Throughout the last 17 years I have at one time or another tried my hand at most of the Mario Party games through iterative generations of consoles and have generally found them to be fun experiences, especially with four people. It was the game of choice for many sleepovers in my school days and it created some fond memories. Mario Party 10 makes me want to stick a fork in my eye.
The only game in the Mario Party franchise that I have never gotten my hands on to this day is Mario Party 9. It's telling then that my experience with the tenth game in the franchise was met with shock and many other feelings that people went through last time around.
Much like Mario Party 9 and as a huge surprise to me, all the players on the board now move together, negating any strategy in character movement in relation to the other players. Mini games, arguably the most important part of any Mario Party session, were essentially removed from the main game and all Nintendo did to replace the fore-mentioned missing features was to add a mind-numbing Amiibo mode. Yay for consumerism.
Mario Party 10 is such a shift from previous titles that I had to know what happened to make Nintendo drop the ball like this. It turns out that removing the studio who has been at the helm of a series through eight releases has somewhat of an effect on the outcome of the next title. Hudson was the developer of the beloved Mario Party franchise until 2012 when it was absorbed into Konami, and we all know that's not going well.
All of that aside, how was the game received and how did it perform on the market? At its release Mario Party 10 was given mixed reviews and now stands at a score of 66 on Metacritic which is fair. The game may still be fun for some people and if it was a stand alone release with no history behind it then it might have been perceived as more successful. There's also no denying that Mario Party on the Wii U looks gorgeous.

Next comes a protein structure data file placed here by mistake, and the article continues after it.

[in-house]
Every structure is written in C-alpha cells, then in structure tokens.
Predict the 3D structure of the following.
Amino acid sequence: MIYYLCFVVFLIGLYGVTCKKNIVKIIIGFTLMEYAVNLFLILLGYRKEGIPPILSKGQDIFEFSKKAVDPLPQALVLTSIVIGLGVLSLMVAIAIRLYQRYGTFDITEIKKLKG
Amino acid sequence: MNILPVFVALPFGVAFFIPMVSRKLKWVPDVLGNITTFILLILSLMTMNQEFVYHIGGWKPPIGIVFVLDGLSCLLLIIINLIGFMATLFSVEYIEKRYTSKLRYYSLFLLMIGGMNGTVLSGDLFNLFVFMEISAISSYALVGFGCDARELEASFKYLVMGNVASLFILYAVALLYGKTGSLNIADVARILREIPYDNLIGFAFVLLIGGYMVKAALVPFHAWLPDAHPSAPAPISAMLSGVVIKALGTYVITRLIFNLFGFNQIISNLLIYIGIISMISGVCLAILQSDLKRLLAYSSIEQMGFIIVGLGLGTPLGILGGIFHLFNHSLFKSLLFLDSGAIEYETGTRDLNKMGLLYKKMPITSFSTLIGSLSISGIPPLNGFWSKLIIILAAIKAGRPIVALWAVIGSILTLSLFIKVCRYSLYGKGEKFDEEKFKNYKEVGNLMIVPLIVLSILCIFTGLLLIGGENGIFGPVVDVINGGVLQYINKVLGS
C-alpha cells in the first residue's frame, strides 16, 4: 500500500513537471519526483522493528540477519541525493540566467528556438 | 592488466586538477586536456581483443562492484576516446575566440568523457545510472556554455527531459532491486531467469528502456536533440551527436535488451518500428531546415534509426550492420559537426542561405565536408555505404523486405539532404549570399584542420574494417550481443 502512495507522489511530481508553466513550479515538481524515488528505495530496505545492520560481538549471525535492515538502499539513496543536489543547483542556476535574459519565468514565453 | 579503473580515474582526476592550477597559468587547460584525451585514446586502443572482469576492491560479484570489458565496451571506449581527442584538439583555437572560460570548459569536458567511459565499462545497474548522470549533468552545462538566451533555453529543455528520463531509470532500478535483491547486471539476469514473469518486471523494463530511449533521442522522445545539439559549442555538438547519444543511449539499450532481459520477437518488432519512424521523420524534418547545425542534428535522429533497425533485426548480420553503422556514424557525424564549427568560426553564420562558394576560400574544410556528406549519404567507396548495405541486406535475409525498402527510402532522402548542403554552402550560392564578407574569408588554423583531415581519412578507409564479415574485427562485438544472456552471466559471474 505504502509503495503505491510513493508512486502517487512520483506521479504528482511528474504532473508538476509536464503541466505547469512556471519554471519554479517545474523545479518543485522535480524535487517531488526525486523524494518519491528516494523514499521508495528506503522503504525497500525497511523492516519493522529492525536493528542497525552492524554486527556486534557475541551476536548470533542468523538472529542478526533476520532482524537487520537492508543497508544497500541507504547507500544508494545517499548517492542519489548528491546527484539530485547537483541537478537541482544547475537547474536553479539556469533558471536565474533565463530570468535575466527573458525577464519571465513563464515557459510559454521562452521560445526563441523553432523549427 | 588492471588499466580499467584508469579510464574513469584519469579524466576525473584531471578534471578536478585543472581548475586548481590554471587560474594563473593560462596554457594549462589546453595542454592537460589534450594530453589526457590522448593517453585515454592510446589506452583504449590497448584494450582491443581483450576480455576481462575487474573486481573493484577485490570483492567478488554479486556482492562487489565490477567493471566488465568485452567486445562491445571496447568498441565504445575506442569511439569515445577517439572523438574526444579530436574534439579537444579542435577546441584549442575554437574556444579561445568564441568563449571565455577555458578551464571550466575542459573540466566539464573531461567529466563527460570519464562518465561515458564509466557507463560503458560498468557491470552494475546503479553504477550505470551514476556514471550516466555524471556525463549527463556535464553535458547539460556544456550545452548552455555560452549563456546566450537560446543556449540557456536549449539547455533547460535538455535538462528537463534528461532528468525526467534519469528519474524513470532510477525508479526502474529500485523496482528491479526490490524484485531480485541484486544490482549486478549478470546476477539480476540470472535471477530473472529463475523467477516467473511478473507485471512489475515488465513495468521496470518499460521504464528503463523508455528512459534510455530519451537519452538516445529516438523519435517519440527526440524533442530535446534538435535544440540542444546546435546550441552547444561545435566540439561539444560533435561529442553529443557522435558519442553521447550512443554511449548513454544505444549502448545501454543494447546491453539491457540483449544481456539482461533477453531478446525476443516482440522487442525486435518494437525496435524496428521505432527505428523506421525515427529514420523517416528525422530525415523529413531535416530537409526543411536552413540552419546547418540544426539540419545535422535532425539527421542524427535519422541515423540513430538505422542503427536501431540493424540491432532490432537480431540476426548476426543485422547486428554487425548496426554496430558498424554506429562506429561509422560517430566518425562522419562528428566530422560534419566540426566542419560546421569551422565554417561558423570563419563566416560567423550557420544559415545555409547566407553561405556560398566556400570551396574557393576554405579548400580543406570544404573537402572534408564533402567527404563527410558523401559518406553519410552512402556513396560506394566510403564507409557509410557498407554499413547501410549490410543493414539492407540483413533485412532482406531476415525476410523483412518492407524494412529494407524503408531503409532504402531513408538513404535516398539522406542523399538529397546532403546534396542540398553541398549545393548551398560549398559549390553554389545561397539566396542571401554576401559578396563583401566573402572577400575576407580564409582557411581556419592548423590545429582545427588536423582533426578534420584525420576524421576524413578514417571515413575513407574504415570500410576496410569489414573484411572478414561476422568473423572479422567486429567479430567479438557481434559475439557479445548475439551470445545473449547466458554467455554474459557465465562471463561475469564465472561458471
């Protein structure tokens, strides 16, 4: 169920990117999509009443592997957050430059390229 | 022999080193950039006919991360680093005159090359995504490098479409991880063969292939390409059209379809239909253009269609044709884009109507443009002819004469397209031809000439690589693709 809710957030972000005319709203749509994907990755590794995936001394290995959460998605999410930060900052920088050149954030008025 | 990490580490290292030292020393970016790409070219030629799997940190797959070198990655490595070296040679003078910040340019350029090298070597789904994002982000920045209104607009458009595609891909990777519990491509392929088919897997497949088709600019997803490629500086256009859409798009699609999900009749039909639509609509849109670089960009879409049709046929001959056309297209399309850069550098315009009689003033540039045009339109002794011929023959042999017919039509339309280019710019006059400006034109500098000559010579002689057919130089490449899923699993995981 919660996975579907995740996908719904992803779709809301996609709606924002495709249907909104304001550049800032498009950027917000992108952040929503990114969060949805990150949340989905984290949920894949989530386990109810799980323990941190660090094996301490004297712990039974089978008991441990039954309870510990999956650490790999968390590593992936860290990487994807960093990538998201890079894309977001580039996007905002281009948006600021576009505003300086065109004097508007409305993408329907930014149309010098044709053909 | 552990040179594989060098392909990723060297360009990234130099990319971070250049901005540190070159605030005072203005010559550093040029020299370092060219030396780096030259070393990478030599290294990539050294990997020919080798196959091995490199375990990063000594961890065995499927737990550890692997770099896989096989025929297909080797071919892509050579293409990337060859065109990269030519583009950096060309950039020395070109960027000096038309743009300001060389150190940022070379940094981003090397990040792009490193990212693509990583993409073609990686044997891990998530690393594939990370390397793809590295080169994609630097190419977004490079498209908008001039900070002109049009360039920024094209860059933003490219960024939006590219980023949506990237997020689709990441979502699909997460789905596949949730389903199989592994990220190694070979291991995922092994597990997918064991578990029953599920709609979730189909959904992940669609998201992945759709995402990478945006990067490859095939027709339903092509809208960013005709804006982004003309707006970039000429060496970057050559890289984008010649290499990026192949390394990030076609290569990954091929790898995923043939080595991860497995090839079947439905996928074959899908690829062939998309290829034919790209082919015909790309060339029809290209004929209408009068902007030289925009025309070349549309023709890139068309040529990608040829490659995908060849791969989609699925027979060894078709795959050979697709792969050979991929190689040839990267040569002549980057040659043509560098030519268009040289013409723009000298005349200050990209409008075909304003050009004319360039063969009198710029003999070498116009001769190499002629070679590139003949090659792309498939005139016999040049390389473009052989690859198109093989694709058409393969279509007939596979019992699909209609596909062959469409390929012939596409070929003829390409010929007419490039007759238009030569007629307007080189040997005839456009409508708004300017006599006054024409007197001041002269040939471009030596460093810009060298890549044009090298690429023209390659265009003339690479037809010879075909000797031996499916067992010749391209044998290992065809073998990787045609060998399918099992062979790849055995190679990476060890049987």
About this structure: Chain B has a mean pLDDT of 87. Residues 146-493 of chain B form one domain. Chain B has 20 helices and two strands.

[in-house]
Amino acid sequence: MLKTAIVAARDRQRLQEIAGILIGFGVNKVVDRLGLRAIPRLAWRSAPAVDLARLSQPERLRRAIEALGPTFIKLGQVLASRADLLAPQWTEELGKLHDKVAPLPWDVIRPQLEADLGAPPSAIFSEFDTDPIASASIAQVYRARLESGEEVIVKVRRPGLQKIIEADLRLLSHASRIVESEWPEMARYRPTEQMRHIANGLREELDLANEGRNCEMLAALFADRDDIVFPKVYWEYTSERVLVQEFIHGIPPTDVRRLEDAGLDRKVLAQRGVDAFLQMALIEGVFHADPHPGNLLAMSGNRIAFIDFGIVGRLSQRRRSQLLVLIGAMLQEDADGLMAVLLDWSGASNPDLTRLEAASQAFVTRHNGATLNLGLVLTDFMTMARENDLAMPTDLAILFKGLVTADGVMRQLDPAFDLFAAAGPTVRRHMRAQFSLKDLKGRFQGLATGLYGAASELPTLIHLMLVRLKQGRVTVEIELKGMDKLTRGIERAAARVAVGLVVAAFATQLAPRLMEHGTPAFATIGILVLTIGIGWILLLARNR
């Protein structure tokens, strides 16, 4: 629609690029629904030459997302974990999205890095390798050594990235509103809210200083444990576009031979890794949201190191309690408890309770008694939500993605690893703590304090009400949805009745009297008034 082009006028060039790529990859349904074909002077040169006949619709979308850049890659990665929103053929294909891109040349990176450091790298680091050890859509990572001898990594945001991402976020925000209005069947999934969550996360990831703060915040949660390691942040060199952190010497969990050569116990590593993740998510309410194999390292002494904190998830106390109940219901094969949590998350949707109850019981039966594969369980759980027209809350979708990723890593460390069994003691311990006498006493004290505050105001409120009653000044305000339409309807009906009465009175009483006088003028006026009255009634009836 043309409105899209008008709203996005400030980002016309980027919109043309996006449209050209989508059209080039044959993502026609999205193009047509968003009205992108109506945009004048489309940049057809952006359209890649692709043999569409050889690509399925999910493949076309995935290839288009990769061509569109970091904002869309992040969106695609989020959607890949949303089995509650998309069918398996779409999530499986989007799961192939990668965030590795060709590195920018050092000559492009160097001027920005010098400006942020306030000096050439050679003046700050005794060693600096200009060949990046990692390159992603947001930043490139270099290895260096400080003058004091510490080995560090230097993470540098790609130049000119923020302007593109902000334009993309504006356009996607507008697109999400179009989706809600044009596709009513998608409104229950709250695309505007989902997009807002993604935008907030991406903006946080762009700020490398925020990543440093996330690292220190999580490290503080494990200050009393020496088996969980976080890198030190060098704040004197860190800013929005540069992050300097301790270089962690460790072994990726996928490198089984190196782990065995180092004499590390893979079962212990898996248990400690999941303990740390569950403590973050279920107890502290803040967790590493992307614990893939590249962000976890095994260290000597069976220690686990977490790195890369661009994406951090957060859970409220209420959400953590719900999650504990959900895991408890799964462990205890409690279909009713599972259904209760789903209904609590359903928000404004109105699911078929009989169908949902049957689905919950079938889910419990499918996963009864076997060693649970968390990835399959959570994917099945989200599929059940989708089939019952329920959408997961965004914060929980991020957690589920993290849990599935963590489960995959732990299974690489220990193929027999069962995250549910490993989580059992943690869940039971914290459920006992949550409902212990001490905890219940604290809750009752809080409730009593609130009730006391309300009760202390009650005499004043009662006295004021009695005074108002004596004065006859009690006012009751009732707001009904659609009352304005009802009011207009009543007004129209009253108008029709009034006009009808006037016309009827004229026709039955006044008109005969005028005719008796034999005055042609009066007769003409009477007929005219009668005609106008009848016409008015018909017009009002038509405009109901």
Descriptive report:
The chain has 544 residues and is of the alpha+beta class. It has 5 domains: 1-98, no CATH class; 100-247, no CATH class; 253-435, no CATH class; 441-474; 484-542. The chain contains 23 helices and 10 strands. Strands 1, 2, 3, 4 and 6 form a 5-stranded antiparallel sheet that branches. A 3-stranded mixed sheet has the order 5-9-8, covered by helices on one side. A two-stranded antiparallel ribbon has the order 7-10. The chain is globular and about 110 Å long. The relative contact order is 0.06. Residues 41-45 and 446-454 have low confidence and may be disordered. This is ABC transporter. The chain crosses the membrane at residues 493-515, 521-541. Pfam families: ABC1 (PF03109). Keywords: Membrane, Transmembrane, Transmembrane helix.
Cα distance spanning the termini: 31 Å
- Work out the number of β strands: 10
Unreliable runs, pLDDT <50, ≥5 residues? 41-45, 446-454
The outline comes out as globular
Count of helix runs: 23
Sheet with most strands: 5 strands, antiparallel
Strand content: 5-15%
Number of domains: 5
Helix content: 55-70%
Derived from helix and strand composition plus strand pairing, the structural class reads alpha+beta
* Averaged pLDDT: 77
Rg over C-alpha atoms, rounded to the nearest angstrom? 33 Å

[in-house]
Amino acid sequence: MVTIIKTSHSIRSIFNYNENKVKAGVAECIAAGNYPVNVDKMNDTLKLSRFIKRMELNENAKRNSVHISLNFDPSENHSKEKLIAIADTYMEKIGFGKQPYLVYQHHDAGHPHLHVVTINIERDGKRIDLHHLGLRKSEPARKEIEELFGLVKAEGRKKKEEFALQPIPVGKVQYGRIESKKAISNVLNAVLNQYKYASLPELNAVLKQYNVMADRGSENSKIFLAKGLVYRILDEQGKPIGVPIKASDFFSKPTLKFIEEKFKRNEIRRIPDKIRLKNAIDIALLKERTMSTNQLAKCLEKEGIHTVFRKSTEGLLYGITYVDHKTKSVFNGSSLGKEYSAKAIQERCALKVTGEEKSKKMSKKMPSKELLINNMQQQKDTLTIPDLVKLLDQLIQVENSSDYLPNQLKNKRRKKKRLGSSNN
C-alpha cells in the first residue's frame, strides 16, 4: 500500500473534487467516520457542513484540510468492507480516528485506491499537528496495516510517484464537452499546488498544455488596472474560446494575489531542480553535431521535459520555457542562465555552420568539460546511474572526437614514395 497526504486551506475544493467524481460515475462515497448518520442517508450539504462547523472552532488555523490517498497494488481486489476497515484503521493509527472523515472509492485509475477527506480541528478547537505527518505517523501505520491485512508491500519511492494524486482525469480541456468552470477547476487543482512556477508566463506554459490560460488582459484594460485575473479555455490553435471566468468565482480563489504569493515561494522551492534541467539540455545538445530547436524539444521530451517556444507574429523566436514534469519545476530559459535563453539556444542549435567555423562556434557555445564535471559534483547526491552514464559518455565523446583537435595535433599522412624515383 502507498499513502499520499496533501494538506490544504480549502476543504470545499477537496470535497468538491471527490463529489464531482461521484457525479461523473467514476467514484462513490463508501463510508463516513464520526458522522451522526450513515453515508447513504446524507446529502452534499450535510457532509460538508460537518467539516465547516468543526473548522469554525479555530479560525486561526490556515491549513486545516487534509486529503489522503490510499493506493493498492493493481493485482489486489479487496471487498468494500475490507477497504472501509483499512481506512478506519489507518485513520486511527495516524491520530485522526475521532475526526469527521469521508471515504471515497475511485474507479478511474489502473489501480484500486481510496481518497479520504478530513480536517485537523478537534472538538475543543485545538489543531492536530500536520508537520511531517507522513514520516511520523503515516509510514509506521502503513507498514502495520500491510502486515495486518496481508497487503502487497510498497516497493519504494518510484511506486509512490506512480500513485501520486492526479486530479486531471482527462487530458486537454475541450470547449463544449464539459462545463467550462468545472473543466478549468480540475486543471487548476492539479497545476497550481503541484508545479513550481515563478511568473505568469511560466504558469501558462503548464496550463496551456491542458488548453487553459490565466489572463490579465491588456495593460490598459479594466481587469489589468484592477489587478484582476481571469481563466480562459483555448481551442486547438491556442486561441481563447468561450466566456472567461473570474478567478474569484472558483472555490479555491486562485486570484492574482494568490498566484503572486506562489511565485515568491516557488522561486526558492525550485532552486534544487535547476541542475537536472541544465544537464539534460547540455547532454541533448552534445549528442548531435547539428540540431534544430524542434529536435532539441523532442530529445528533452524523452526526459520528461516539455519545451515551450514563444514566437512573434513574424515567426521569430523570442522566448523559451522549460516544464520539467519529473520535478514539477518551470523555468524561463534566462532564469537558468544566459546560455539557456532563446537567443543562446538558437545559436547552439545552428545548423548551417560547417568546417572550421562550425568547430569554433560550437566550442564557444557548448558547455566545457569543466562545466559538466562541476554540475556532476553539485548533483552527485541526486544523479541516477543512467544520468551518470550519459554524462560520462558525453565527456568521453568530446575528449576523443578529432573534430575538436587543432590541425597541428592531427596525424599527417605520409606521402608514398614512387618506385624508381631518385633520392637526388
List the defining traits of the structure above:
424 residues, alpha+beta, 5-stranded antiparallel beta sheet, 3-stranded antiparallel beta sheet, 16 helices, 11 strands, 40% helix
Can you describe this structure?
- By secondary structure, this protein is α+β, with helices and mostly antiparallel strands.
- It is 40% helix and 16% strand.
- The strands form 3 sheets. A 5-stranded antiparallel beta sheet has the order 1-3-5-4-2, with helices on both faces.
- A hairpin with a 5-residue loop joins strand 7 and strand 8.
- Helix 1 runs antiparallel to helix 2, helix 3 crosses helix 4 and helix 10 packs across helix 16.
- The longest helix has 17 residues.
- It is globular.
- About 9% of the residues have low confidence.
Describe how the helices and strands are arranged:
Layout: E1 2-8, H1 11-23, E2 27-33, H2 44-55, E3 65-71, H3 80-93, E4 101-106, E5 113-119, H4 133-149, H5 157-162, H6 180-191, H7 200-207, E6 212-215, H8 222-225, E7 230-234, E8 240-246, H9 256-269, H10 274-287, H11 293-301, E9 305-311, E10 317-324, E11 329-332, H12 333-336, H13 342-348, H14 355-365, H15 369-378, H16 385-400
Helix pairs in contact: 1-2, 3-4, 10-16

On a console that many would say has been a failure, Mario Party 10 did well enough to sell 290,000 copies of the game through both digital and physical means in the first month. At the time Nintendo had sold an estimated 9.5 millions units of the three year old Wii U and the game's launch surely added to that number. It goes to prove that even now, 30 years on, Mario sells.
That's in comparison to 2007 which was a golden year for Nintendo, riding on the mainstream success of the Wii and DS, with each platform's respective first Mario Party title selling a combined 18 million units. Mario Party 10 was even outsold by a PSP game in Japan.
Overall the game was streamlined and has become way too simplistic and boring for fans to keep playing. If Mario Party 10 is the first one a child gets to play then they might enjoy it but I can tell you for sure that they won't have the same fond memories that the previous titles created.